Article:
Home > writing > Fire the gun, Mr. Checkov

Fire the gun, Mr. Checkov

No, not Pavel Chekov on Star Trek. But more on that in a minute.

There’s this new show on TV called The Good Guys. I like it, but that means it’s probably doomed. This one episode, it comes out that the washed-up cop lost his partner years ago because he convinced him to jump out of a moving car to save someone, and the partner could never get over the trauma. It was mentioned a couple of times. So you know what’s going to have to happen at the end.

I’m ashamed to say, I didn’t see it coming. Very ashamed. You know the new guy’s going to have to jump out of a moving car to save someone. Ashamed, I say.

Anton Checkov, the famous Russian short story writer  said in various forms if you display a gun early in the story, it has to go off by the end. And if you fire a gun nobody knows about beforehand, shame on you (okay, I made that up).

Beginning writers are told not to foreshadow. “Little did he know that disaster lay around the corner.” Bad. But we must foreshadow or the reader will be bushwhacked, so we plant little seeds that are only seen as foreshadowing in retrospect.

I read a Dean Koontz book recently (on my new electronic book reader, but that’s another story). The protagonist takes a gun from a dead bad guy and finds he has a backup gun in an ankle holster. Well, of course, he has the big gun taken from him later, but has the other in reserve. We remember it and think, “Boy, it sure was lucky he carried that with him.”

If the need had not arisen, the backup gun would be useless clutter and should have been stricken from the story.

By the way, I love endings that I should have seen coming, but didn’t. The Sixth Sense is one of my favorites. All the clues were there, but I didn’t see that Bruce Willis was a ghost. Great ending.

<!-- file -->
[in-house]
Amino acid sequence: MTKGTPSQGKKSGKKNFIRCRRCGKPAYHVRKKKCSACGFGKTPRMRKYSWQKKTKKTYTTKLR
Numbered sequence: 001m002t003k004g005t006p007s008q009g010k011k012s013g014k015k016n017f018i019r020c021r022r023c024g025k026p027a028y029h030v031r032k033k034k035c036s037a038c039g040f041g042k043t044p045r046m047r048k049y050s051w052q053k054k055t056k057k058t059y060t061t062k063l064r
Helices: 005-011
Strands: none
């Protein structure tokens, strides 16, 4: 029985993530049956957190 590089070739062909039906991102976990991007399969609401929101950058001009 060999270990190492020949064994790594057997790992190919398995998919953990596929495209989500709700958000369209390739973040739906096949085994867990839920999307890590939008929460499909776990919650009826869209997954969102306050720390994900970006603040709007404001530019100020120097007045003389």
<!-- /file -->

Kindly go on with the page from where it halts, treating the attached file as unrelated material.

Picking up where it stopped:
Moral of the story? Put in the necessary stuff and leave out the filler.

Easy for me to say?

Categories: writing Tags: , ,
  1. Shayla
    June 12, 2010 at 12:01 pm

    You know, I’m FREAKISHLY good at guessing what happens. Sixth sense, the Others, stuff like that. If you ever want to test the twist ending skills, I’m your gal. I agree that you have to put things into place for them to make sense later. This is a tool that can be awesome when refined. I have issues with that sometime. I don’t like it when someone is using a tool that you JUST now know about. Like, “He pulled out his swiss army knife that he always carried in his pocket just in case of an emergency like this.” VS “He pulled out his swiss army knife.” Anyway, I’m rambling again! 🙂 It’s early, what can I say!

  2. July 11, 2010 at 3:23 am

    they all say don’t foreshadow, but how many books do you read by popular authors who do—ummmm? Since the first time an editor told me to take one out, i’ve been very aware of them, and does anyone tell them to take them out. obviously not. Sixth Sense caught me to and I usually guest the ending in the first 10 minutes. my hubby hates it when i walk in, look at something he’s been watching to nearly the end and i tell him in ten who the bad guy is. i love it when someone surprises me.

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